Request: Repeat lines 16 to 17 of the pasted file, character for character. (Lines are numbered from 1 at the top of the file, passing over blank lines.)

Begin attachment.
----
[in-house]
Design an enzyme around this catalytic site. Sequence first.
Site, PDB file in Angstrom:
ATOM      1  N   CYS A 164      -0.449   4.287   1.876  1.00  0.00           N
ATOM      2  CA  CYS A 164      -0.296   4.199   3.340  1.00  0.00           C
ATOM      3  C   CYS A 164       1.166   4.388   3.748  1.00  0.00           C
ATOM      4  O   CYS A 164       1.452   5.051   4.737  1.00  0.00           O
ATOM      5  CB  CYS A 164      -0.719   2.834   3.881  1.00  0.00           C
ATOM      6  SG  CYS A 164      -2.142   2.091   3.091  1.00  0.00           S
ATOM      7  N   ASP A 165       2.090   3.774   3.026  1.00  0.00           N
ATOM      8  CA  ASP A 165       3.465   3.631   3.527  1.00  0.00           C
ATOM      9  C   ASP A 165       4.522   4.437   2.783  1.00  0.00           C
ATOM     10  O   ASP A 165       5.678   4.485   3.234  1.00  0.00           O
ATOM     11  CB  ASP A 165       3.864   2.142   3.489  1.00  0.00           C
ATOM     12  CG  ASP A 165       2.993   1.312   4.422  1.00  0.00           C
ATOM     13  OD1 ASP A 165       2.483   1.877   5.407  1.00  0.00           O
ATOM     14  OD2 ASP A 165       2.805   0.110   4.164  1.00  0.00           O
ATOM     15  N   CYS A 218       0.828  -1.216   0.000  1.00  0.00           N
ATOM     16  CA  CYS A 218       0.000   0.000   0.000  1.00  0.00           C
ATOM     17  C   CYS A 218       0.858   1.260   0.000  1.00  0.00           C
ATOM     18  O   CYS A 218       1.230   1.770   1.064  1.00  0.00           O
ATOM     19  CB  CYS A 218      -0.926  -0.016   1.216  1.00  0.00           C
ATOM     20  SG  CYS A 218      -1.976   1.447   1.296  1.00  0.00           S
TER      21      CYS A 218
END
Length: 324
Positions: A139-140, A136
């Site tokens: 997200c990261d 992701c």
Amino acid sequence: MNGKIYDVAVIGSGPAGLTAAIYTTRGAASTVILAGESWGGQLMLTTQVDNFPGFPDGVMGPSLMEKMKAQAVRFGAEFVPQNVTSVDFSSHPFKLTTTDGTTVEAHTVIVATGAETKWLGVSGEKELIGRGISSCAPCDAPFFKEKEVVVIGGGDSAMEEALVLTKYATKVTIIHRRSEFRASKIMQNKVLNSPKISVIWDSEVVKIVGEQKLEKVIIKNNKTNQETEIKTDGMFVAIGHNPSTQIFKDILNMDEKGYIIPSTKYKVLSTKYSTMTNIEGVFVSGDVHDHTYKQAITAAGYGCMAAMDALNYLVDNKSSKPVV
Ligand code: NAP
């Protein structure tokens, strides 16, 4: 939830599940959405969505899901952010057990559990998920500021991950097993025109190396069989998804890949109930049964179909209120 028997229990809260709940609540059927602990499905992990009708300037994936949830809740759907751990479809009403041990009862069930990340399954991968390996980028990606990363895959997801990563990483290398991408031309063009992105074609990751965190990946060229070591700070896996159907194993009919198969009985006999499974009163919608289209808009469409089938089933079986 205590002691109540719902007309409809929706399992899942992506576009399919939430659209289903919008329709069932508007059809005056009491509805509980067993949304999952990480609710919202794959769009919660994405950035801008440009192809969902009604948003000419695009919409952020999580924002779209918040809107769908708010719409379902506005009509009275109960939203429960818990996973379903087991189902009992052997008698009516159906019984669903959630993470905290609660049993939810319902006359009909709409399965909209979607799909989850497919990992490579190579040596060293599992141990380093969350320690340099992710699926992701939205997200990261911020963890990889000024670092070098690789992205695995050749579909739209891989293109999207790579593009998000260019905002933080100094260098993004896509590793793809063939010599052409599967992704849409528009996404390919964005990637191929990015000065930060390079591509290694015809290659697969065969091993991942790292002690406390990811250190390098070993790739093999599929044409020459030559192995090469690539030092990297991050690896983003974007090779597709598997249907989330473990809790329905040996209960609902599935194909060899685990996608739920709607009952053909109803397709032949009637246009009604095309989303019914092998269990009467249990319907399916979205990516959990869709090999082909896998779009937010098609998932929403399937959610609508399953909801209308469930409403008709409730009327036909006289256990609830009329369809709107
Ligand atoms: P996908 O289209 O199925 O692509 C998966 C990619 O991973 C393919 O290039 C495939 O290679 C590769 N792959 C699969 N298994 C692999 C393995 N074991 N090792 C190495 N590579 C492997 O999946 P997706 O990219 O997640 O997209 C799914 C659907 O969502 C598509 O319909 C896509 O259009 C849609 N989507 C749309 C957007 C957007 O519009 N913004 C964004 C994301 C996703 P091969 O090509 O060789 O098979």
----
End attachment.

ATOM     13  OD1 ASP A 165       2.483   1.877   5.407  1.00  0.00           O
ATOM     14  OD2 ASP A 165       2.805   0.110   4.164  1.00  0.00           O